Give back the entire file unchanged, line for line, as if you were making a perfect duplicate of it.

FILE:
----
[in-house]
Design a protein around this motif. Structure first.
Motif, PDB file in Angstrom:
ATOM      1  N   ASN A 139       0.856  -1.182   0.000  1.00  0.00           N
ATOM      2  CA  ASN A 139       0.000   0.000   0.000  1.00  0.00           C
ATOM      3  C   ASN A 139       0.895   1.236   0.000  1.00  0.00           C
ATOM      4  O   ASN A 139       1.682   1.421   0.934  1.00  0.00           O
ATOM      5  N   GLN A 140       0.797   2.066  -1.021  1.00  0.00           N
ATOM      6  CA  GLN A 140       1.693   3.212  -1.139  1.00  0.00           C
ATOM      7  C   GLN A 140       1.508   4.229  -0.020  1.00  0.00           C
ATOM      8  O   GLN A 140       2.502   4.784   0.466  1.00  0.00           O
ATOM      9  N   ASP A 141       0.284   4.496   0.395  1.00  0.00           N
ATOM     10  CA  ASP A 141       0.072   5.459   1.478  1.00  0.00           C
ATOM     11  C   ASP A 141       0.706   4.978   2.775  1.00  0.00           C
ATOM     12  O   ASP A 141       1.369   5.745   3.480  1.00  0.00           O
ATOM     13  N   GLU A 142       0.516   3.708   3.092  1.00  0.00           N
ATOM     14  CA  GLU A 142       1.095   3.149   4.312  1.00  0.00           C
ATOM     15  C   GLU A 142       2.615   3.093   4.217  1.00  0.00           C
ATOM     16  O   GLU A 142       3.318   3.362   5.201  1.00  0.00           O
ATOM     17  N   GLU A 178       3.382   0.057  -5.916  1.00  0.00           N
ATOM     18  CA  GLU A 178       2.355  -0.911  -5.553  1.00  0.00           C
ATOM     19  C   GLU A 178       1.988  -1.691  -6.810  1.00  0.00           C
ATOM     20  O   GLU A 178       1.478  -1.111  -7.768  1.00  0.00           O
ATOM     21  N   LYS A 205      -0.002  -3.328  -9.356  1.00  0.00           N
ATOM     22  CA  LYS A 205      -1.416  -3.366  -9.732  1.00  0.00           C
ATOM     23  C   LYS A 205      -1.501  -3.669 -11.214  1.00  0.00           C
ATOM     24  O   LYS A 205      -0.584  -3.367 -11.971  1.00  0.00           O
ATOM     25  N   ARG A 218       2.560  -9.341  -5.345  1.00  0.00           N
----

[in-house]
Design a protein around this motif. Structure first.
Motif, PDB file in Angstrom:
ATOM      1  N   ASN A 139       0.856  -1.182   0.000  1.00  0.00           N
ATOM      2  CA  ASN A 139       0.000   0.000   0.000  1.00  0.00           C
ATOM      3  C   ASN A 139       0.895   1.236   0.000  1.00  0.00           C
ATOM      4  O   ASN A 139       1.682   1.421   0.934  1.00  0.00           O
ATOM      5  N   GLN A 140       0.797   2.066  -1.021  1.00  0.00           N
ATOM      6  CA  GLN A 140       1.693   3.212  -1.139  1.00  0.00           C
ATOM      7  C   GLN A 140       1.508   4.229  -0.020  1.00  0.00           C
ATOM      8  O   GLN A 140       2.502   4.784   0.466  1.00  0.00           O
ATOM      9  N   ASP A 141       0.284   4.496   0.395  1.00  0.00           N
ATOM     10  CA  ASP A 141       0.072   5.459   1.478  1.00  0.00           C
ATOM     11  C   ASP A 141       0.706   4.978   2.775  1.00  0.00           C
ATOM     12  O   ASP A 141       1.369   5.745   3.480  1.00  0.00           O
ATOM     13  N   GLU A 142       0.516   3.708   3.092  1.00  0.00           N
ATOM     14  CA  GLU A 142       1.095   3.149   4.312  1.00  0.00           C
ATOM     15  C   GLU A 142       2.615   3.093   4.217  1.00  0.00           C
ATOM     16  O   GLU A 142       3.318   3.362   5.201  1.00  0.00           O
ATOM     17  N   GLU A 178       3.382   0.057  -5.916  1.00  0.00           N
ATOM     18  CA  GLU A 178       2.355  -0.911  -5.553  1.00  0.00           C
ATOM     19  C   GLU A 178       1.988  -1.691  -6.810  1.00  0.00           C
ATOM     20  O   GLU A 178       1.478  -1.111  -7.768  1.00  0.00           O
ATOM     21  N   LYS A 205      -0.002  -3.328  -9.356  1.00  0.00           N
ATOM     22  CA  LYS A 205      -1.416  -3.366  -9.732  1.00  0.00           C
ATOM     23  C   LYS A 205      -1.501  -3.669 -11.214  1.00  0.00           C
ATOM     24  O   LYS A 205      -0.584  -3.367 -11.971  1.00  0.00           O
ATOM     25  N   ARG A 218       2.560  -9.341  -5.345  1.00  0.00           N